The number of times that state child-welfare workers housed foster children overnight in government offices has exploded, from six times in the last reporting period to 284. Meanwhile, the state hit a new record for combined hotel and office stays by foster kids, many of them with extreme behaviors.
In 2018, Washington voters passed an initiative that made it easier to prosecute police officers who shoot civilians, required independent investigations of police use of force and mandated a new de-escalation training regimen. At the time of its passing, the initiative was considered incredibly progressive—but activists today say existing reforms have done little to slow killings by police, and are now calling instead for foundational change, including steep cuts to police departments’ budgets and diverting savings to better social services such as crisis-intervention units.
With COVID-19 spreading into Washington’s system of foster care group homes, operators of the facilities say they are in a precarious position and fear “retaliation” by state child-welfare officials who ended state funding to a home that turned away foster youth sickened by the coronavirus.
As Seattle became the decade’s fastest-growing big city in America, residents have seen more tree canopy disappear to make room for new apartments and houses to accommodate the growing population. Now, activists and residents are pushing for the Seattle City Council to create a new tree ordinance that will protect more trees. But even as the movement gains momentum and there’s increasing evidence that trees help combat climate change and water pollution, the Seattle City Council is weighing these efforts against an ever-increasing need for housing.
Undocumented workers, especially in the transportation, construction and service industries, have been hit hard by the coronavirus but have been left out of stimulus efforts. This is despite paying more than $300 million in state and local taxes in Washington State, and many of their employers contributing to the unemployment relief fund. While some cities and states have launched their own relief efforts, there has been pushback on social media and Fox News commentators have demanded to know why undocumented workers should receive taxpayer help.
InvestigateWest is seeking out survivors of wildfires who are willing to take a 15-minute survey on how they are faring now. The survey asks: Are you still trying to rebuild your life after a natural disaster? How has the coronavirus pandemic impacted your efforts?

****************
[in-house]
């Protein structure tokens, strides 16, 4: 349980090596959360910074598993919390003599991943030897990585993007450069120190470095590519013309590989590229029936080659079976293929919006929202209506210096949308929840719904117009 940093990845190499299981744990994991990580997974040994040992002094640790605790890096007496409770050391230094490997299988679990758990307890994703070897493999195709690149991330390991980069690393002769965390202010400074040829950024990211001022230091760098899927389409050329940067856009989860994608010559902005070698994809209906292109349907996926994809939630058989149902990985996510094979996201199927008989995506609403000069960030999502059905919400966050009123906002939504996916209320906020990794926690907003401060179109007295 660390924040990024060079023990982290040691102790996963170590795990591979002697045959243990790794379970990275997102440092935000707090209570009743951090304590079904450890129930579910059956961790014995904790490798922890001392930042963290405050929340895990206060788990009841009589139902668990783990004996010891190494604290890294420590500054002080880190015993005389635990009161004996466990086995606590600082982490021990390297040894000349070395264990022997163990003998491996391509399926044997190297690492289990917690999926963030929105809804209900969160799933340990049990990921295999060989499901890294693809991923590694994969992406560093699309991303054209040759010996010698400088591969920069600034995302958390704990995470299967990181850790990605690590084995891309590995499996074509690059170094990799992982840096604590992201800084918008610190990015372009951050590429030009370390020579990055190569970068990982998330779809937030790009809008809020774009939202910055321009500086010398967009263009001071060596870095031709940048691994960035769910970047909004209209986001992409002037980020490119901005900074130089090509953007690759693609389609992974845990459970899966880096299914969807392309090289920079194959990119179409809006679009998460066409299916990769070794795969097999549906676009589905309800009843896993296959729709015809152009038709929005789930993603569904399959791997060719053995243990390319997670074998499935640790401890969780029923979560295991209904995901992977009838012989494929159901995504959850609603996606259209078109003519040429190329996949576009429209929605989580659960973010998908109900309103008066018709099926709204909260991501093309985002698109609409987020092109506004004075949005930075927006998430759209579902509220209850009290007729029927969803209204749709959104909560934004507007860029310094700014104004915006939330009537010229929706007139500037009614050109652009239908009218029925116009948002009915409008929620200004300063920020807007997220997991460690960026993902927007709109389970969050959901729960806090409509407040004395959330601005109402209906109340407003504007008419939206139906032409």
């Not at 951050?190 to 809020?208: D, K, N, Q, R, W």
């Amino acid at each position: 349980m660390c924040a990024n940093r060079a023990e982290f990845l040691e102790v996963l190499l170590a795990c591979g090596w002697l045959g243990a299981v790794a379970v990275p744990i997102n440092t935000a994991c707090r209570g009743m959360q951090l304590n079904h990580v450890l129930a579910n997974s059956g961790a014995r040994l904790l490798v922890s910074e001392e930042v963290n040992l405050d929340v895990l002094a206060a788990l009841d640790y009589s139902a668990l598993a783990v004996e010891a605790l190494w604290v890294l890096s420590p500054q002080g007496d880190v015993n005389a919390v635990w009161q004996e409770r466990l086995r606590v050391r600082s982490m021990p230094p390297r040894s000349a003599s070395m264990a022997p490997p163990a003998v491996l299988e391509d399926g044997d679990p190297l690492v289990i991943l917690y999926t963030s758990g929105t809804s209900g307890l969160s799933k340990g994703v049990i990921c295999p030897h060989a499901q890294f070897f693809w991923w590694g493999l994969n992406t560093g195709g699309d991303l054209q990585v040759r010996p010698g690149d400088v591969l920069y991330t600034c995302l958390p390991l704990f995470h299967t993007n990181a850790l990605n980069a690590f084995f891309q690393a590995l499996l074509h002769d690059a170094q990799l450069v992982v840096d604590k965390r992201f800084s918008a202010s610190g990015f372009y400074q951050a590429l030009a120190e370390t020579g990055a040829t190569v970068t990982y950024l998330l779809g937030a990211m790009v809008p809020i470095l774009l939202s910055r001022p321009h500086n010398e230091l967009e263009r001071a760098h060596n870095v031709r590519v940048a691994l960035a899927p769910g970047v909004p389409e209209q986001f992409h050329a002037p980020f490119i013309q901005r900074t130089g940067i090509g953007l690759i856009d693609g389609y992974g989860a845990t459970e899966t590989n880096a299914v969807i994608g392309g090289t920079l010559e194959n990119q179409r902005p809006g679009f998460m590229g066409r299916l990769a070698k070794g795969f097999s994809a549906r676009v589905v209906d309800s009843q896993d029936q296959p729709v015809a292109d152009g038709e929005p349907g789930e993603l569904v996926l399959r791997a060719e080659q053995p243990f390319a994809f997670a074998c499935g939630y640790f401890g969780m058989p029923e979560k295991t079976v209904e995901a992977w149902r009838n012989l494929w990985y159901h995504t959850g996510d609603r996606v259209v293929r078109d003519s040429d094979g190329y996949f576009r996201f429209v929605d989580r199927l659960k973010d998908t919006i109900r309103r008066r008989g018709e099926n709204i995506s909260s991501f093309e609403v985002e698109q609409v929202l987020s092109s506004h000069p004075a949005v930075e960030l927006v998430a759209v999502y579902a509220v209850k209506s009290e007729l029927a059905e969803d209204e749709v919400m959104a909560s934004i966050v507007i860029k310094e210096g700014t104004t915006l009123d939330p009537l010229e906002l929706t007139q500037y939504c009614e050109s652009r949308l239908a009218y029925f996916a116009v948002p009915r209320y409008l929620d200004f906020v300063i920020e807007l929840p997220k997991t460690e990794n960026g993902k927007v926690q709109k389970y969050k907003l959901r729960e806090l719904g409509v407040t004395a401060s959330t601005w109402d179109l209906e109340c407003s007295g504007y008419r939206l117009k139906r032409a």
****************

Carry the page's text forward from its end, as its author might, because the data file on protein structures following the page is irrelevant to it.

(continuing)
Young adults in the foster care system, who are disproportionately people of color, were already at risk for a litany of serious problems even before the coronavirus pandemic hit. Now, as many struggle to pay for rent and groceries, advocates are calling for Washington state to stop kicking young people out of Extended Foster Care when they turn 21. In response, the state says it is working on a new housing stability program. In the meantime, some young adults are seeking help from charitable groups.
With nearly triple the usual number of wildfires this year, Washington and Oregon are set to have the worst summer fire forecasts in the nation. And it’s not the only one. As a result of COVID-19, volunteer firefighting numbers are down and those who did sign up face increased vulnerability to the virus. The pandemic has curtailed preventative measures, leading agencies across the country to plan for fast, low-headcount efforts to fight fires.
All across the country, there’s been an upsurge in calls and texts to helplines as a result of the coronavirus pandemic. As people adapt to the new normal, they are reaching out to helplines with questions and concerns about employment, food banks, mental health and domestic violence. While efforts are being made to address these concerns and deal with the mental health toll that the pandemic is causing, some experts worry that not enough is being done.